i cannot believe he is gone. i cannot bear he is gone. this person i've not texted in the last two months. not since i texted to tell him i'd gotten the job at howard. thank god i told him that.
insert all the clichés-- too soon, such a tragedy, so unexpected, etc., etc., etc.
there was a dinner once, a lunch actually, at some place that served fancy dinners. we were there for someone's birthday, maybe mine, and he lifted his water to toast me, telling the table that one day they'd all work for me at time magazine. (this was a time when time meant something far more than it does now.)
when i left memphis to move to chicago, i worked for him for another year, but he gave me a going away present. a block of marble with my name on it and the word "Author" underneath.
this was in 2005, 2006. he knew i was writing because, when he met me at the starbucks at the corner of poplar and kirby for our first interview, i was editing my own jackie book.
we met at the starbucks at the corner of poplar and kirby repeatedly in the years after, even after i no longer worked for him.
the last time i saw him, was sometime in the winter of 2018. i'd applied for the job at graceland and not yet heard back. i had no teaching. i felt adrift.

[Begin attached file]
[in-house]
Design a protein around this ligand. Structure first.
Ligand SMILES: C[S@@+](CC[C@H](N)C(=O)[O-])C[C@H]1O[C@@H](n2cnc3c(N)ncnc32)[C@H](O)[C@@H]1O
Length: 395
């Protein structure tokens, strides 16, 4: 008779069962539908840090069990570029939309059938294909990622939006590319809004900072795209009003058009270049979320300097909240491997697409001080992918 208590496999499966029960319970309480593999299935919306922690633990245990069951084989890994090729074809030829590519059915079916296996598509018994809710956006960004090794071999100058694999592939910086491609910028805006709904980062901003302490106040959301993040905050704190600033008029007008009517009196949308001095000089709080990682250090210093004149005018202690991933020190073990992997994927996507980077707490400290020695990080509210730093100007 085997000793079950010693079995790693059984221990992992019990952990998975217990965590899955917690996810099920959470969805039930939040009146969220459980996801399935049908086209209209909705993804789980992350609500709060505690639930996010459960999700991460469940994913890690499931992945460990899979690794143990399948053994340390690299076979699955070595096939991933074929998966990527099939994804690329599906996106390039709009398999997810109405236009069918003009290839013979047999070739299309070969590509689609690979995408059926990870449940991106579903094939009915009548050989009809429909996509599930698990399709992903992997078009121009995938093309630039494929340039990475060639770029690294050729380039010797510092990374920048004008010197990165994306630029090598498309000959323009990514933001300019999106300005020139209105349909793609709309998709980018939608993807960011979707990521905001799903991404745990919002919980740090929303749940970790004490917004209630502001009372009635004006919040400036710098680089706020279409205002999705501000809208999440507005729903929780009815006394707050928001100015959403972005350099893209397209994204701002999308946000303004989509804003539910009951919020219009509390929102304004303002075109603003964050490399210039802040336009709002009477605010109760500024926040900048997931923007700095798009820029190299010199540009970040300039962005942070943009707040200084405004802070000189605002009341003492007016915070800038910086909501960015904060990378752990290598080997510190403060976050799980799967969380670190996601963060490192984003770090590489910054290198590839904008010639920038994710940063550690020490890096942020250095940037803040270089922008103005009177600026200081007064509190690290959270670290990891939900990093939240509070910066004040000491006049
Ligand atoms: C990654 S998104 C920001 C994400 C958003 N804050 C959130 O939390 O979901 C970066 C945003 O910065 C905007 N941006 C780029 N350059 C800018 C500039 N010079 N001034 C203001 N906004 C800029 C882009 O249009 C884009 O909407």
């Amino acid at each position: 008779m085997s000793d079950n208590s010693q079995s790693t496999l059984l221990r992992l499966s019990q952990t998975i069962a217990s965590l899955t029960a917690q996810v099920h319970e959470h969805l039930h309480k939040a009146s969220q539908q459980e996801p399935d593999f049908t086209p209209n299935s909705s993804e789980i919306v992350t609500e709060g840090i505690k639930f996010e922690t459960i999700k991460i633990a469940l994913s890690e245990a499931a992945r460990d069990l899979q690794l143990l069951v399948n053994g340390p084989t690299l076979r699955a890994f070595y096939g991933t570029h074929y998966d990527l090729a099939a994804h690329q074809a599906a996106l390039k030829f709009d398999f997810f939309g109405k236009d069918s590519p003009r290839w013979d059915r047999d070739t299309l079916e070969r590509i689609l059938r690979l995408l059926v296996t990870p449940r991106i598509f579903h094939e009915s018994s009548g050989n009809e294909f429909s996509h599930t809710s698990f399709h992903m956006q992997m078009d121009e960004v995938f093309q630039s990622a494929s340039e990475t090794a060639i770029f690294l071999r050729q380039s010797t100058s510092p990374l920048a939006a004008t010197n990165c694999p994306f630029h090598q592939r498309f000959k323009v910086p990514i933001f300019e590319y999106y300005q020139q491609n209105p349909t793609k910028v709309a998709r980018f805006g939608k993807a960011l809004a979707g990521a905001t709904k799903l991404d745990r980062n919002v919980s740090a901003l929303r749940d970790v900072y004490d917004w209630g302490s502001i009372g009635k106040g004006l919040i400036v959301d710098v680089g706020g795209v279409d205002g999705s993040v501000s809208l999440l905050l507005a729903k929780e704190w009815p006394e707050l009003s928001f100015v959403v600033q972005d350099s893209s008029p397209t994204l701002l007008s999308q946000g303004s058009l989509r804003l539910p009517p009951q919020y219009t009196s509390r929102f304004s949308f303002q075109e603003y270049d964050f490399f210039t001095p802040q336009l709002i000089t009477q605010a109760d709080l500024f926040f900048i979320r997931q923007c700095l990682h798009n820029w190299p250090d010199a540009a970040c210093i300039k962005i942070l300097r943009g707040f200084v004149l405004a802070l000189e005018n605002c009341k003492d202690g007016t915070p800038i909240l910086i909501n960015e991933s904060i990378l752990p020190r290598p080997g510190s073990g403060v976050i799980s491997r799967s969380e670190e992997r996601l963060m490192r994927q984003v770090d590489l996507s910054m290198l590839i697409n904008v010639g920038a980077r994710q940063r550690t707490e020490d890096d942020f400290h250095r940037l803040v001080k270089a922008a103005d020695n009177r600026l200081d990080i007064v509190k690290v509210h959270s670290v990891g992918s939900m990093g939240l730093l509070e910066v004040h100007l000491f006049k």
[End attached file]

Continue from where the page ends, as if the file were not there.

we met at la baguette, because the starbucks at the corner of poplar and kirby-- our starbucks-- had closed.
i have two students from memphis this semester. they've registered to be in my class again in spring.
that seems like a non sequitur but, somehow, it isn't.
he used to clap his hands together and say, with a note of mischievousness-- like we were really pulling one over on the people in charge-- "now we're cooking with gasoline."
i started as his secretary and so i used to write his emails, i learned to mimic his voice and write as him (and whew, lawd, that's a whole other post-- what we do with the men whose voices we used to write in). his business correspondence always concluded the same way: Keep the Faith.
god, he drove me bonkers. i was so unhappy, so often, while working for him. and yet i recognize is as the gift that it was. and i loved him, absolutely, with my whole battered heart.